Tests Taken: 40993
Published on: 13 Feb 2019
Answer the following questions using NO MORE THAN THREE WORDS AND/OR NUMBERS for each answer.
On which day and date does the woman want to fly to Toronto?
What class does the woman want to fly in?
What is the lowest price for a ticket on the days the customer has chosen?
What do the ticket prices include?
Complete the following information about the flight times, using NO MORE THAN ONE WORD OR A TIME for each gap.
Outward flight (hh:mm)
Return flight (hh:mm)
Answer the following questions using NO MORE THAN TWO WORDS for each answer.
What is the customer’s full name?
Which company does she work for?
Customer: Good morning. I’d like to book a flight to Toronto, please.
Travel Agent: Certainly. Flying from Sydney?
Customer: Yes. On Thursday, please.
Travel Agent: Thursday the 16th? Right. ... There are three flights that day. Do you prefer flying with any particular airline?
Customer: I’ve heard that Air Canada is good, but expensive. Is there a big difference in prices between the airlines? I’ll be flying business class.
Travel Agent: Yes, there is. Air Canada is the most expensive airline at $4,000 to $6,000 for business class depending on the date of return. Qantas is $3,000 to $6,000 and Pacific, the budget airline, charges between $2,000 and $3,500.
Customer: Wow! That’s quite a difference in prices! I’m returning on from Wednesday 22nd, so could you check the return prices for me?
Travel Agent: Sure. Let me just enter the return date into the computer.... OK. ... Air Canada has tickets for $4,600. Qantas has them for $4,200. Pacific has tickets for $3,200. Those prices all include taxes and surcharges.
Customer: OK. Before I make a decision, I would like to know the departure and arrival times - in both directions.
Travel Agent: Of course. Let’s look at Air Canada first.... Leaves Sydney at 10 a.m. and arrives in Toronto at 10 a.m. local time. There’s a stopover in Vancouver. The Qantas flight leaves Sydney at 1:45 and arrives at 10:15 a.m. There’s also a stopover in Vancouver, but it’s shorter than the Air Canada one. Pacific flies via Los Angeles and leaves at 6:15, arriving at 11:55 p.m.
Customer: Oh, that doesn’t sound very convenient - flying by Pacific, I mean.
Travel Agent: Well, budget airlines do offer cheaper tickets, but they are often not so advantageous in other ways.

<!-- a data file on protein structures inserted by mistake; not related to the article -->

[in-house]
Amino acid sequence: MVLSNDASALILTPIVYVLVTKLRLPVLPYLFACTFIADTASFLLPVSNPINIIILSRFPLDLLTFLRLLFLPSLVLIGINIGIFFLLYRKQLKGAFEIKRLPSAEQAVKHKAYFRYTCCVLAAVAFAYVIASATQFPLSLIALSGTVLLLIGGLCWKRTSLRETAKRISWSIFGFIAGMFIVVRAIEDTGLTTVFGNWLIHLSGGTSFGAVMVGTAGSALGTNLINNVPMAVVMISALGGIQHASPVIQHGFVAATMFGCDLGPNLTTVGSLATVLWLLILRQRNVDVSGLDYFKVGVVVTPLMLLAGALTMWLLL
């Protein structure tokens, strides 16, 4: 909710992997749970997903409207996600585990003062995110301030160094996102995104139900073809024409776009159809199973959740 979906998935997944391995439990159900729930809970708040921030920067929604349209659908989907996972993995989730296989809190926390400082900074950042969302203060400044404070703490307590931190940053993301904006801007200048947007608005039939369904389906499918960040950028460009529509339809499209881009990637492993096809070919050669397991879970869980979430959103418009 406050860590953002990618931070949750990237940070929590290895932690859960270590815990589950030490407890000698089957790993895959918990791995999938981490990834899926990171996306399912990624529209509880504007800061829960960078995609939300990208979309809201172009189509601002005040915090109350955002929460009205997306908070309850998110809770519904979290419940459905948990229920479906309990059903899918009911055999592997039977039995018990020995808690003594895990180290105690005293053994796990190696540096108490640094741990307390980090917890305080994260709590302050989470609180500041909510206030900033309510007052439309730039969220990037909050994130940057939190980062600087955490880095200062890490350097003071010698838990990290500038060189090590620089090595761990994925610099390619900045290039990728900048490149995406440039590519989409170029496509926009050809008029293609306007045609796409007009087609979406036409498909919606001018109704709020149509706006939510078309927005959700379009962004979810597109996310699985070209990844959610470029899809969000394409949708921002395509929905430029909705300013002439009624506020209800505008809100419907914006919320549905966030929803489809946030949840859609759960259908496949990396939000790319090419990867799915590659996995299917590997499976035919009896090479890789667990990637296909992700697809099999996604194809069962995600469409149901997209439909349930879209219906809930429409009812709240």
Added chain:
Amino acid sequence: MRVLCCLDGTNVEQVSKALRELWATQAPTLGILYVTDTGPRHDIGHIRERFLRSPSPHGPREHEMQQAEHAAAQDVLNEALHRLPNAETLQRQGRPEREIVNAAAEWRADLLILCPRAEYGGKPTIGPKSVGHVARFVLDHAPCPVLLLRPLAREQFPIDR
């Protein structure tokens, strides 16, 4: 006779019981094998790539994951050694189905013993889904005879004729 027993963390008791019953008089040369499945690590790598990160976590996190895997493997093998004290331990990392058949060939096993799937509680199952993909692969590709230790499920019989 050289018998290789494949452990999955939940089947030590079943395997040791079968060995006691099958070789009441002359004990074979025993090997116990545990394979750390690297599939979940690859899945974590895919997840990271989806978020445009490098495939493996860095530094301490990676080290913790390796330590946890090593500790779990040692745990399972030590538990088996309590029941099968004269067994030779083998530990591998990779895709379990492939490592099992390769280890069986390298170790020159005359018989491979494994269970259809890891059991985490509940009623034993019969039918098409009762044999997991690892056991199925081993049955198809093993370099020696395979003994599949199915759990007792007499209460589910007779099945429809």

Customer: How about the return flights?
Travel Agent: Let me check.... The Air Canada flight leaves Toronto at 4 o’clock and arrives at 6 o’clock local time. The Qantas flight leaves at 9 a.m. and arrives at 11 a.m. local time in Sydney. Pacific ... The Pacific flight leaves Toronto at 10:25 and arrives at 6:10 local time in Sydney. Again, not very convenient timing.
Customer: No, it isn’t. Are the stopovers the same as on the outward journey?
Travel Agent: Yes, they are.
Customer: Well, I have a business appointment on Wednesday 22nd in the morning, so unfortunately, I can’t take the Qantas flight. The Pacific flight times are too inconvenient, so I’ll take the Air Canada flight, even though it’s more expensive.
Travel Agent: Right. I’ll book that for you, shall I? Do you have your passport with you?
Customer: Yes, I do.... Here you are.
Travel Agent: Thank you. I’ll just enter your details.... OK, could you just check this printout? Make sure that I’ve spelt your name correctly and have written your passport number correctly too. ... Will you be paying by credit card?
Customer: Yes, I have a company credit card. ... Here you are. ... Oh, my name is Reece with a ‘c’ not an ‘s’.
Travel Agent: Oh, I’m sorry! I’ll correct that. R, double E, C, E.
Customer: And my given names are hyphenated. Mary hyphen Anne - with an ‘e’ - oh, you’ve got that. Sorry.
Travel Agent: OK. Mary-Anne, joined together with a hyphen. Is the passport number OK?
Customer: Yes. Could you give me an official invoice, please? I need it for my company.
Travel Agent: Certainly. Shall I use the company name as it appears on the credit card - ABC Stocks?
Travel Agent: OK. Thank you. Could you sign here?... And here?... Thank you. I’ll just print out your ticket.
Customer: Thank you.